GPHE grads earn diplomas

| June 29, 2012 | 0 Comments
Capt. Michelle Maust (left), class leader, presents her 113 peers who make up the Class of 2012 during TAMC's annual GPHEC ceremony, held at TAMC, June 15. (Soraya Robello | Tripler Army Medical Center Visual Information)

Capt. Michelle Maust (left), class leader, presents her 113 peers who make up the Class of 2012 during TAMC's annual GPHEC ceremony, held at TAMC, June 15. (Soraya Robello | Tripler Army Medical Center Visual Information)

Stephanie Bryant
Tripler Army Medical Center Public Affairs

HONOLULU — Tripler Army Medical Center hosted its annual Graduate Professional Health Education Commencement ceremony, here, June 15.

More than 100 health care professionals received diplomas during the ceremony.

The class consisted of 101 Army officers, one Air Force officer and 12 civilians, of whom 98 are physicians, 13 are psychologists, two are pharmacists and one is a health care administrator. Five of the physicians are civilian residents sponsored by the Department of Veterans Affairs.

Brig. Gen. Keith Gallagher, commander, Pacific Regional Medical Command and TAMC, acknowledged the graduates’ long hours, hard work and dedication.

“As your commander, I want to thank you for embracing our TAMC vision for being the most trusted organization in the world,” Gallagher said. “You have learned how significant that trust becomes and have witnessed firsthand how much the patients cherish this relationship, your advice and the engagement established by you and your team.”

The keynote speaker was Dr. Emmanuel Cassimatis, an Army veteran who is currently president and chief executive officer of the Education Commission for Foreign Medical Graduates. He is also chair of the board of directors for the Foundation for the Advancement of International Medical Education and Research. Also, he has served as director of Psychiatry Residency Training at the former Walter Reed Army Medical Center and as director of medical education for the Army Medical Department.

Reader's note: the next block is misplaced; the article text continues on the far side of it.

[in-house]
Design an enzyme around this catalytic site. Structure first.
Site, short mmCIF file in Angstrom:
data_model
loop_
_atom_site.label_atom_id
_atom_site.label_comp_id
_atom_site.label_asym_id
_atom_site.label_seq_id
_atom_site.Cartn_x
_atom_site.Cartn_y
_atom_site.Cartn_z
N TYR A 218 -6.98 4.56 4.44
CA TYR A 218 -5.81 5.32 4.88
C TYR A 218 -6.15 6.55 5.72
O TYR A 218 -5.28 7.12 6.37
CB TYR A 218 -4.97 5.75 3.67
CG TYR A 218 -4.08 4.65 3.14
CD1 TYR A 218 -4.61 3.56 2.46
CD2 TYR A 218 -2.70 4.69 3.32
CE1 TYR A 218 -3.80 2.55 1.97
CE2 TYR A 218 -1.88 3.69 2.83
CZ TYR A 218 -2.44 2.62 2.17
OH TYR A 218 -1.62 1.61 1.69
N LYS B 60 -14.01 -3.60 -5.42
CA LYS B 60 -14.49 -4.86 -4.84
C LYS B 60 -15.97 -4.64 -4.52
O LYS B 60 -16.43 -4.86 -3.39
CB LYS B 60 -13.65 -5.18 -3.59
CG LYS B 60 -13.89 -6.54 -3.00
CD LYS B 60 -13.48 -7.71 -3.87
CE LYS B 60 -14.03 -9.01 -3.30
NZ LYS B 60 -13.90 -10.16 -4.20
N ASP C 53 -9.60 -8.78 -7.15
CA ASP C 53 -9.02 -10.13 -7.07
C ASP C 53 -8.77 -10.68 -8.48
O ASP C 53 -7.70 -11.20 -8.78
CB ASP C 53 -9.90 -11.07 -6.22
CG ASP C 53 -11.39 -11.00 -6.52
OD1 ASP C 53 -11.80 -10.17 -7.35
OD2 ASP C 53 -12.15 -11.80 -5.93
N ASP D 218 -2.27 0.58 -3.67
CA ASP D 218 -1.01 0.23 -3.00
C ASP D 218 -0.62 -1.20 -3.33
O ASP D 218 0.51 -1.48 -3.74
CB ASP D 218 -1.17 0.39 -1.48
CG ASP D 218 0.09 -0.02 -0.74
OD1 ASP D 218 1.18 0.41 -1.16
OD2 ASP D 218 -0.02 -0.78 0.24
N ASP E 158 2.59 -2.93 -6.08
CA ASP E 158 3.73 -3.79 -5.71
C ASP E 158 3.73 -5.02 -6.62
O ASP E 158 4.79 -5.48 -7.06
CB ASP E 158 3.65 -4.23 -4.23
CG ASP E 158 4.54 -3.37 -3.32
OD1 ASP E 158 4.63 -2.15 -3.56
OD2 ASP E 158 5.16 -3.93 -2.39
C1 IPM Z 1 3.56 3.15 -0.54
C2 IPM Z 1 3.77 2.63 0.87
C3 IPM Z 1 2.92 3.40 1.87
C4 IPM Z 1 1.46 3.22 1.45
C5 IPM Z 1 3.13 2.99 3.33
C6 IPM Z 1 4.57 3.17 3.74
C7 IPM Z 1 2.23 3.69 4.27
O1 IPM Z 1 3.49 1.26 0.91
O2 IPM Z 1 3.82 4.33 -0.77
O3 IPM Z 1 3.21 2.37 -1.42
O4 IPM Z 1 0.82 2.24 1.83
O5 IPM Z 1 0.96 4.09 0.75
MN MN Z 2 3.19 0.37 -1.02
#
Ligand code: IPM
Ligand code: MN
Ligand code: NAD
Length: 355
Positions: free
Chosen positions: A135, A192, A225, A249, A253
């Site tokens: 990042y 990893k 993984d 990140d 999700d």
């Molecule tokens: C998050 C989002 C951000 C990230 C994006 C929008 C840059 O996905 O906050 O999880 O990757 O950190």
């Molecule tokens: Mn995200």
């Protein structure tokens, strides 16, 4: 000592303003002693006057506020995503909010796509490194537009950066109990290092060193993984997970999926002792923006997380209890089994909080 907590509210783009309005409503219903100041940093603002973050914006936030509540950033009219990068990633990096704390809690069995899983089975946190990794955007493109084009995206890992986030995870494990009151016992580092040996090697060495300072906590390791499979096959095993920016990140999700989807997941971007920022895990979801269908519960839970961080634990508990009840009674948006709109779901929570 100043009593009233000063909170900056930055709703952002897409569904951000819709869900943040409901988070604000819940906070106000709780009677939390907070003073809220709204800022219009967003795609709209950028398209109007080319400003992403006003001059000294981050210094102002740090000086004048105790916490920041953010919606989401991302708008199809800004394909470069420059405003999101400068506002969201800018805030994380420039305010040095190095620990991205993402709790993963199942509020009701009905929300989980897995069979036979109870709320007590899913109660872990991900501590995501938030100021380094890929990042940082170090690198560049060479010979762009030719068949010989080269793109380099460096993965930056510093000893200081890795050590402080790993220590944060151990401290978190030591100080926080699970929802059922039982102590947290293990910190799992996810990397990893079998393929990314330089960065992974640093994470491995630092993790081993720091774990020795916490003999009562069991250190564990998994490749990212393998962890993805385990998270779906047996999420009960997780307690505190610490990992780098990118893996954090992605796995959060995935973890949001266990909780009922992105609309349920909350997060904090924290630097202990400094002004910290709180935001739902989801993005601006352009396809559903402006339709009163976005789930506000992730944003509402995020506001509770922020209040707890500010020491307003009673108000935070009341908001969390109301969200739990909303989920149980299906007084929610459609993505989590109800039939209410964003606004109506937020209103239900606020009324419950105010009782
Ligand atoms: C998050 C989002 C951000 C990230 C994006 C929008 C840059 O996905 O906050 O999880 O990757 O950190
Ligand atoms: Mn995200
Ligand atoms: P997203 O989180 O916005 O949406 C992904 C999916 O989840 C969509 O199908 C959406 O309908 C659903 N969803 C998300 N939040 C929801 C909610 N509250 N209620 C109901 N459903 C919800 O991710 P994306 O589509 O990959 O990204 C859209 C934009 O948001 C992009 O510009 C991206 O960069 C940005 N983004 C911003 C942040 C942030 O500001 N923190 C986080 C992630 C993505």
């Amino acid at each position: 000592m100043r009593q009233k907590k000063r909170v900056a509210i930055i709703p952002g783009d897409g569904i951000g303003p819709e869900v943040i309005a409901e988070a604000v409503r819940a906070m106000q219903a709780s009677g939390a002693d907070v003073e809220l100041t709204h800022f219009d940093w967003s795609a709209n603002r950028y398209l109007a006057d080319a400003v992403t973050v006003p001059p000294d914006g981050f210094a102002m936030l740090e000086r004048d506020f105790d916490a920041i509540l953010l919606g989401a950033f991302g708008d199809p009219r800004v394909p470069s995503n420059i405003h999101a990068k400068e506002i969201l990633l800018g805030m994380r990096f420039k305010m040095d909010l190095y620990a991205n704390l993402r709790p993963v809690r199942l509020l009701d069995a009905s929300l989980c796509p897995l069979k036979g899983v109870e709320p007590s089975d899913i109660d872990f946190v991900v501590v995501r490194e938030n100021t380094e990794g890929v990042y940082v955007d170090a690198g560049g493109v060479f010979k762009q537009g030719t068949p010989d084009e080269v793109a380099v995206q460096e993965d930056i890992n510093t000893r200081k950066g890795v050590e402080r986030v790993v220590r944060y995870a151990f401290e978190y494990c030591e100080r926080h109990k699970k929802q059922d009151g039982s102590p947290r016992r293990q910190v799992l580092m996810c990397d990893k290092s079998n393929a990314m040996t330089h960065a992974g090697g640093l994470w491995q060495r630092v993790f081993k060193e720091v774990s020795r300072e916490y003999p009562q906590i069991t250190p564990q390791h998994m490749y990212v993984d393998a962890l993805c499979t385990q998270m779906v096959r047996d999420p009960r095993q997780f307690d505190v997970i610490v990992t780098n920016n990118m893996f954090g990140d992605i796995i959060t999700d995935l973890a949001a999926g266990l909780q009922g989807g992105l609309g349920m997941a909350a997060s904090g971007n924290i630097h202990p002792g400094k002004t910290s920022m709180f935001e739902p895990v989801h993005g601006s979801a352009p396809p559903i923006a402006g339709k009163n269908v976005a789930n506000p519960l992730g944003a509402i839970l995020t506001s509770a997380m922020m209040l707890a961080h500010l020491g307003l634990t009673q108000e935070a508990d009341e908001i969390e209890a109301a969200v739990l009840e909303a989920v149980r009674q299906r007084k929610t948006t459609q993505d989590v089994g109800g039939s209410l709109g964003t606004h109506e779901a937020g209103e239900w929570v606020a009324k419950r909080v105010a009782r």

“Globally speaking, you are in a small, very fortunate minority, (and) I know it is not always easy,” Cassimatis said. “Frequent deployments in recent years have provided those of you in the military with the opportunity to repeatedly practice … good medicine in bad places.

“Bad places can be dangerous places, and they are far away, but they are not far from your colleagues, those who work with you and support you,” Cassimatis added. “(We deploy with those) who, for all our sakes, put themselves in harm’s way. And we need to treat their wounds and illnesses so that they can survive those bad places and come back alive to their loved ones.”

Forty of the military graduates will move to operational assignments in Korea, Germany, Honduras, Alaska, the mainland or stay here in Hawaii. Sixty-two Army graduates and four civilian graduates will continue additional residency or fellowship training starting in July. The remaining eight civilian graduates will start new jobs or pursue other professional and personal goals.

Tripler has 13 physician training programs, with 220 resident positions.

GPHE Graduation

View more photos at www.flickr.com/TriplerAMC.

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Category: Health, News, Training

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